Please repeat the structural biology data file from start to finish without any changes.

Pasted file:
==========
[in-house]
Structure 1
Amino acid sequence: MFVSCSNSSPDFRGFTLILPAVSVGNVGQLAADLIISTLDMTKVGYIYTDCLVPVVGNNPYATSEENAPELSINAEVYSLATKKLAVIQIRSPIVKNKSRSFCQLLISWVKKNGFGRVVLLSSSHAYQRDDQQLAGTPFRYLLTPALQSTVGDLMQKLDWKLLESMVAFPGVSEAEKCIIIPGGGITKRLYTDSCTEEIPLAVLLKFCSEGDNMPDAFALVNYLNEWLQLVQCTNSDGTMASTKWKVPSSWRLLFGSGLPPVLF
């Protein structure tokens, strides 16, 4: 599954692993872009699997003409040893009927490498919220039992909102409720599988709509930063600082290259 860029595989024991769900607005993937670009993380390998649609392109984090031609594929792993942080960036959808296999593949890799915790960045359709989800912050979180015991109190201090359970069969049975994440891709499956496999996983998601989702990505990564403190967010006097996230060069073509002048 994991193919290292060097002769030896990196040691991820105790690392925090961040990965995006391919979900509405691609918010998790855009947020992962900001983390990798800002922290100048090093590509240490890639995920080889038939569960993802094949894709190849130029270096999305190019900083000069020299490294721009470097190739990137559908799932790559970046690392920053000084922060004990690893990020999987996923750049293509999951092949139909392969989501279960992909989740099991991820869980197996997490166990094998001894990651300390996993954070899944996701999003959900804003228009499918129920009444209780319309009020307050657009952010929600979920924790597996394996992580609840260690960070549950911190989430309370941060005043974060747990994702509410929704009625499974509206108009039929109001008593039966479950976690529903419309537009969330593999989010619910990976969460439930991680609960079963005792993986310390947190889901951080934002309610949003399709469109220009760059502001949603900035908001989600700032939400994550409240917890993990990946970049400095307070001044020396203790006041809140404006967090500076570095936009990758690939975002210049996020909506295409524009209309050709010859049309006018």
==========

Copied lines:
[in-house]
Structure 1
Amino acid sequence: MFVSCSNSSPDFRGFTLILPAVSVGNVGQLAADLIISTLDMTKVGYIYTDCLVPVVGNNPYATSEENAPELSINAEVYSLATKKLAVIQIRSPIVKNKSRSFCQLLISWVKKNGFGRVVLLSSSHAYQRDDQQLAGTPFRYLLTPALQSTVGDLMQKLDWKLLESMVAFPGVSEAEKCIIIPGGGITKRLYTDSCTEEIPLAVLLKFCSEGDNMPDAFALVNYLNEWLQLVQCTNSDGTMASTKWKVPSSWRLLFGSGLPPVLF
């Protein structure tokens, strides 16, 4: 599954692993872009699997003409040893009927490498919220039992909102409720599988709509930063600082290259 860029595989024991769900607005993937670009993380390998649609392109984090031609594929792993942080960036959808296999593949890799915790960045359709989800912050979180015991109190201090359970069969049975994440891709499956496999996983998601989702990505990564403190967010006097996230060069073509002048 994991193919290292060097002769030896990196040691991820105790690392925090961040990965995006391919979900509405691609918010998790855009947020992962900001983390990798800002922290100048090093590509240490890639995920080889038939569960993802094949894709190849130029270096999305190019900083000069020299490294721009470097190739990137559908799932790559970046690392920053000084922060004990690893990020999987996923750049293509999951092949139909392969989501279960992909989740099991991820869980197996997490166990094998001894990651300390996993954070899944996701999003959900804003228009499918129920009444209780319309009020307050657009952010929600979920924790597996394996992580609840260690960070549950911190989430309370941060005043974060747990994702509410929704009625499974509206108009039929109001008593039966479950976690529903419309537009969330593999989010619910990976969460439930991680609960079963005792993986310390947190889901951080934002309610949003399709469109220009760059502001949603900035908001989600700032939400994550409240917890993990990946970049400095307070001044020396203790006041809140404006967090500076570095936009990758690939975002210049996020909506295409524009209309050709010859049309006018």